OUT ON THE HILL is the official blog of the Victory Congressional Interns. Views expressed do not necessarily reflect those of LGBTQ Victory Institute. Learn more about the internship at victoryinstitute.org/vci.
On the first day of our Victory Congressional Internship (VCI), we were all asked to share a fun fact about ourselves. Mine was that my all-time favorite movie is 10 Things I Hate About You, the 1999 classic starring Heath Ledger and Julia Stiles.
While there have certainly been bumps in the road and some devastating developments since arriving in Washington, D.C.—the Dobbs decision and the recent instances of gun violence nationwide, to name a few—if I focus on the silver linings, there are 10 things I have found that I truly love about D.C.:
I love running past the monuments at night,
and the Amanda Gorman mural that reminds us, “there is always light.”
I love my coworkers in the Office of Congressman Casten
and, I can’t say I love the heat, but the warmth and radiance of my fellow VCIs? That I will bask in.
I love the leaders who call out inaction
and, even more, having a front row seat to Congress in action.
I love the weekend brunch scene,
and the receptions with keynote speakers.
I love how you can run into Matthew McConaughey
and on the same day, rub elbows with Madam Speaker.
But mostly, I love the way I don’t hate DC.
Not even close, not even a little bit, not even at all.
Of course, this poem only scratches the surface of the people and opportunities that have made the past six weeks so special. But I would like to expand on a few of these lines. Specifically, I did not come to Washington, D.C. to experience inaction, but rather, I came here to experience Congress in action—and to do everything in my power to make an impact. At times, this has felt like a tall order. What am I—a twenty-year-old college student who has been in D.C. for just short of two months—to do about the formidable challenges that our country faces? How can we—a group of sixteen queer undergraduate students in the VCI program—precipitate much-needed change and inclusion for the LGBTQ+ community in government? How can I make my mark in just eight weeks?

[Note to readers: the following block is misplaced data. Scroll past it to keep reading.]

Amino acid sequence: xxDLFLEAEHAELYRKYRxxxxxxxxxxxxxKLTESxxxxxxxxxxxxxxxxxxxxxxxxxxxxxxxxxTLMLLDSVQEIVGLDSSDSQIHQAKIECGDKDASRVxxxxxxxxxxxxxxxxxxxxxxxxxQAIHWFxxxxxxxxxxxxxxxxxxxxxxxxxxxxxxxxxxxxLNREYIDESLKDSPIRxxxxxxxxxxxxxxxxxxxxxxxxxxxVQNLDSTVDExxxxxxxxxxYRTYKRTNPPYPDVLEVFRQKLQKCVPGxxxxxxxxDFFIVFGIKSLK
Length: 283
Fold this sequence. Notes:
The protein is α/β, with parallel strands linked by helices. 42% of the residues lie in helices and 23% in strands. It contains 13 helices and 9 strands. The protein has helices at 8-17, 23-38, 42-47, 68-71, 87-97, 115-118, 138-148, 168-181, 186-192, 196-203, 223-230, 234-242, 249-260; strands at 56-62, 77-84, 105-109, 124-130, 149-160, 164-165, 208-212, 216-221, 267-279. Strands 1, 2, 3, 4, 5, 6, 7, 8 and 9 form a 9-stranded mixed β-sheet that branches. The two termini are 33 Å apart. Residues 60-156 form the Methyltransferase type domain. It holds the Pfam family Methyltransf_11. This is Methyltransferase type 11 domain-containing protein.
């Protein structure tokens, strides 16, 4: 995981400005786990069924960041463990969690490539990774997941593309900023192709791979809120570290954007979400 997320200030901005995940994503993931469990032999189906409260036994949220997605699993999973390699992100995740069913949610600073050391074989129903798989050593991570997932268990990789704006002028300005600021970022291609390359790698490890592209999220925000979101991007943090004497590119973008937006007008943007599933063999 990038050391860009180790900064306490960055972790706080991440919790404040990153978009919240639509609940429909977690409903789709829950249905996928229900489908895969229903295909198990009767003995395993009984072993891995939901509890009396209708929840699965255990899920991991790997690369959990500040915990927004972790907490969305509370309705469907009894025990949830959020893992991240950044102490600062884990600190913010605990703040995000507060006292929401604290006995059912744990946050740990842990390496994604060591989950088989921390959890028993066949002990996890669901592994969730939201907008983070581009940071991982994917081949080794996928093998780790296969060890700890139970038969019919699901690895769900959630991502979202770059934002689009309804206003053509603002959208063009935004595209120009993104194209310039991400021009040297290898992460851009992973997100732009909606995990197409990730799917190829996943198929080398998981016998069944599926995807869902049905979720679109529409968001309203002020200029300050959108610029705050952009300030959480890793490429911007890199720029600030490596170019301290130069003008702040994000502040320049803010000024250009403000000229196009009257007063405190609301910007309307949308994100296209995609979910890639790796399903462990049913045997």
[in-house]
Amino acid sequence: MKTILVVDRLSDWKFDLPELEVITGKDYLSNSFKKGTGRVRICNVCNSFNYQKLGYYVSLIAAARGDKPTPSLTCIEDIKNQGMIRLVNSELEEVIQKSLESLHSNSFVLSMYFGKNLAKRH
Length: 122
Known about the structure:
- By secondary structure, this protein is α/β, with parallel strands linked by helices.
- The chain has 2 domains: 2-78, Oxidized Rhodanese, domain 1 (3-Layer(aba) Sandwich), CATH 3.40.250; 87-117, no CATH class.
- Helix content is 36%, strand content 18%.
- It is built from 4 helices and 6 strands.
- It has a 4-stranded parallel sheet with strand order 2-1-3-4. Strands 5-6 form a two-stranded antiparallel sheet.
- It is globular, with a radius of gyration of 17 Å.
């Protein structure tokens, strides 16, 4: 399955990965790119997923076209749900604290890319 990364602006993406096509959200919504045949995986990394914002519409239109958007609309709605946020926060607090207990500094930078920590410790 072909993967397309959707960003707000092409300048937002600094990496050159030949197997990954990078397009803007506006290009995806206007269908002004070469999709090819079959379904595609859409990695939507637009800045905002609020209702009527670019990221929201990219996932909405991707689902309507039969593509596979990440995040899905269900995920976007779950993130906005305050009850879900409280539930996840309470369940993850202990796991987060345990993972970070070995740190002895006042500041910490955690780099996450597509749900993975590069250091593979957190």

I have come to the realization that making meaningful connections and contributions to the spaces I am in is perhaps the most powerful way I can make my mark on Washington, D.C.—my new home away from home. With this perspective in mind, I have made a deliberate effort to connect and contribute. I have connected with numerous mentors and leaders who work in offices I aspire to—from the White House to the Department of Transportation. I have contributed to a Congressional office through my work on briefing memos, phone calls, constituent correspondence, and a long-term project focused on the Bipartisan Infrastructure Law. In a time when “Don’t Say Gay” bills are being passed and women’s rights are being stripped away, I have used my diverse background as a member of the LGBTQ+ community to voice my concerns for marginalized people. I have squirmed my way through a crowd to talk with Speaker Pelosi, and I have made lifelong friends in my workplace.
Most of all, I have capitalized on the opportunities that the LGBTQ Victory Institute has afforded me and found that there is much to love in a city like Washington, D.C.—even when there is still much room for improvement.